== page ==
Tuesday, September 9, 2014

2013-2014 Scholarship Student Interview


Rachel Harrison

Tell us a little about yourself!

I am a young artist from Nashville, TN and the scholarship winner from 2013/2014. I am a very serious student; I care a lot about my education and am typically at school 7 days a week during the semester. I'm passionate about all forms of arts and sciences. My favorite painters are Rembrandt, Repin, and Caravaggio. And Ribera. And Zorn.

Where you familiar with Atelier Style Schools previous to competition?

Absolutely! I had been wanting to study at an atelier for years prior to coming to Boston; health issues and location being my main hinderance. I had studied with classically trained instructors but I was missing a consistent and challenging school environment.  

How was your experience different from what you initially expected?

I thought the school was all full time students! Thankfully, it is not a typical frustrating art school experience which completely dumbs down academic art and pushes arbitrary ideologies. The academy's focus is entirely dedicated to improving technical skill, which is exactly what I was looking for in order to express my personal interests through painting.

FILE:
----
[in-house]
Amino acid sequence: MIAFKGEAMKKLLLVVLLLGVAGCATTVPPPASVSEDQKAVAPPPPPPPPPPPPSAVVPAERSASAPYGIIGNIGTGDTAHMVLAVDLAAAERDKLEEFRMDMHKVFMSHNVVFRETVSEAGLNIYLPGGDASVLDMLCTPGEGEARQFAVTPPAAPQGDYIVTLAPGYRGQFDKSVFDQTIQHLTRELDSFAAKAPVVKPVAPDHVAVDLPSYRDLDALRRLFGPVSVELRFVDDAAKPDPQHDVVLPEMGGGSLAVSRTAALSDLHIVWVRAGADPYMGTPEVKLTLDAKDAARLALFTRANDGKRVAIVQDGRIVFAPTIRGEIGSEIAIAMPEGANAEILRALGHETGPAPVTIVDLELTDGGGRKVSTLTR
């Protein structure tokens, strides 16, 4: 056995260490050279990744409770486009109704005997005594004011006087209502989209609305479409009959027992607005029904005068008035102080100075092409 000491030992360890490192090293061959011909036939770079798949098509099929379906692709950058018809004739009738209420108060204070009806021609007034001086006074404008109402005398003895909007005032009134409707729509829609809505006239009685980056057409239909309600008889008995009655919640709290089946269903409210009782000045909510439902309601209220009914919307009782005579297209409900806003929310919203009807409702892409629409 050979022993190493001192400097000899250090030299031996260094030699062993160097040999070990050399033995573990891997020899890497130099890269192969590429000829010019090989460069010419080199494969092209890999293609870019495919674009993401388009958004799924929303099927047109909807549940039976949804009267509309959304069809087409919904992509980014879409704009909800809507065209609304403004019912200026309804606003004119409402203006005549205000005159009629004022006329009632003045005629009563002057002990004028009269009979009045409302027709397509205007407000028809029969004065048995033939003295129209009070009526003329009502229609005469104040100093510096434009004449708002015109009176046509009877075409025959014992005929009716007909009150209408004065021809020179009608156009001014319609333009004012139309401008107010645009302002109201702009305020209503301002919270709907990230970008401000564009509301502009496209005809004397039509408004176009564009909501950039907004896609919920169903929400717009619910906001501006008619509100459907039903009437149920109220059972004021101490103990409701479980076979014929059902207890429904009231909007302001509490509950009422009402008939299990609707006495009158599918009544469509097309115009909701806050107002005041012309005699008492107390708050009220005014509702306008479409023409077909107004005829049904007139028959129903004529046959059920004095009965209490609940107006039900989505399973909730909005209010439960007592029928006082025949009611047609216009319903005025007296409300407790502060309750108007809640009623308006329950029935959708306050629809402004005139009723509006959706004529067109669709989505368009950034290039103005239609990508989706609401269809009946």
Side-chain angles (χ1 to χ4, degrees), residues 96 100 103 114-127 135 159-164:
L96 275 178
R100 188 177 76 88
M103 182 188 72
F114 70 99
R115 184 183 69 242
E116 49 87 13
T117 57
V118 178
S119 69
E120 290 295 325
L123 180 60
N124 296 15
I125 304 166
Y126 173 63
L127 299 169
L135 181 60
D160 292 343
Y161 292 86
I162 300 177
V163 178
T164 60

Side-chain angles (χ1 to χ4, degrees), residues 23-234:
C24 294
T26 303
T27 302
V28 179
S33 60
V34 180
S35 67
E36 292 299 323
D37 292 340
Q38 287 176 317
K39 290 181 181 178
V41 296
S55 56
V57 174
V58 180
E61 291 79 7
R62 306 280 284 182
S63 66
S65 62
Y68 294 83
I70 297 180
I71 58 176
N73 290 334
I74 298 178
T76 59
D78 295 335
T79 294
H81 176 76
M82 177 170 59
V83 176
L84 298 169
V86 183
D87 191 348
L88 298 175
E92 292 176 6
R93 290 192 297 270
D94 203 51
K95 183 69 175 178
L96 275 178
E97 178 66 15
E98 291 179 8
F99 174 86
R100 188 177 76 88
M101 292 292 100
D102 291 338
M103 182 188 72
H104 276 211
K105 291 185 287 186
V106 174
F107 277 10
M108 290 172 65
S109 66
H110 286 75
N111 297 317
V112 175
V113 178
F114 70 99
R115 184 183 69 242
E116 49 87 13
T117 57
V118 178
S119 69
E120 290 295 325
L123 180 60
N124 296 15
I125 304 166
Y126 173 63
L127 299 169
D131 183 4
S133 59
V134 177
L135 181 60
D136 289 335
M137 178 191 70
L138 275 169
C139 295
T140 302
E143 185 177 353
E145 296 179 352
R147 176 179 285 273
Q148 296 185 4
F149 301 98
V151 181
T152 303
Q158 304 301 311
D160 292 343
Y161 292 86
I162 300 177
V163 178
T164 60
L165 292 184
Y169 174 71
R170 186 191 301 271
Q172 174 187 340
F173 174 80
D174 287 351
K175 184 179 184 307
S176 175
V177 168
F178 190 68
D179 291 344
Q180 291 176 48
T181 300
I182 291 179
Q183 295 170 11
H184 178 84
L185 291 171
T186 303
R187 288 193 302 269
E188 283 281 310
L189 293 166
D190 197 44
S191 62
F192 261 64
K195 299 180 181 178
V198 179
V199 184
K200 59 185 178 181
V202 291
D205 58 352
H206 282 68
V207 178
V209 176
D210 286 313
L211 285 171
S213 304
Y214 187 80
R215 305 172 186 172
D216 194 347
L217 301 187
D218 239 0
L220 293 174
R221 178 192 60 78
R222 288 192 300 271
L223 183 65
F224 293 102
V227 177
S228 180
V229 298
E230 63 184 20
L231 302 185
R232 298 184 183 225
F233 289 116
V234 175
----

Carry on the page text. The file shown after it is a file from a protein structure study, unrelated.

What do you like best about your first year at the school?

The environment is fantastic, maintaining a light atmosphere but remaining very serious. Seeing my progress and being around likeminded people. The Bougereau master copy drawing I did. The open studio option! Being able to work whenever I wanted was necessary to fostering independence. 

What was your biggest hurdle?

Simplification!! Also for me, just physically standing all day.

Do you plan to continue to study at ARA Boston?

Yes, as long as I keep seeing progress. Good work takes perseverance and repetition. The instructors here are wonderful and inspire me to push myself further. I would highly recommend the atelier program to any artist who wishes to improve their painting skills.

Your advice to future students or applicants?

Just do it! Even if you think your work isn't that great, that's the purpose of training. Draw from life as much as you can. Listen to your instructors and think before you draw. Be extremely self critical of your work. It's very important to be independent, make mistakes, find your likes and dislikes, and be receptive to critique. Always be reading about techniques and researching your favorite artists.

Anything else you would like to add?

Thank you to all of the ARA Boston staff and students for being so welcoming. :)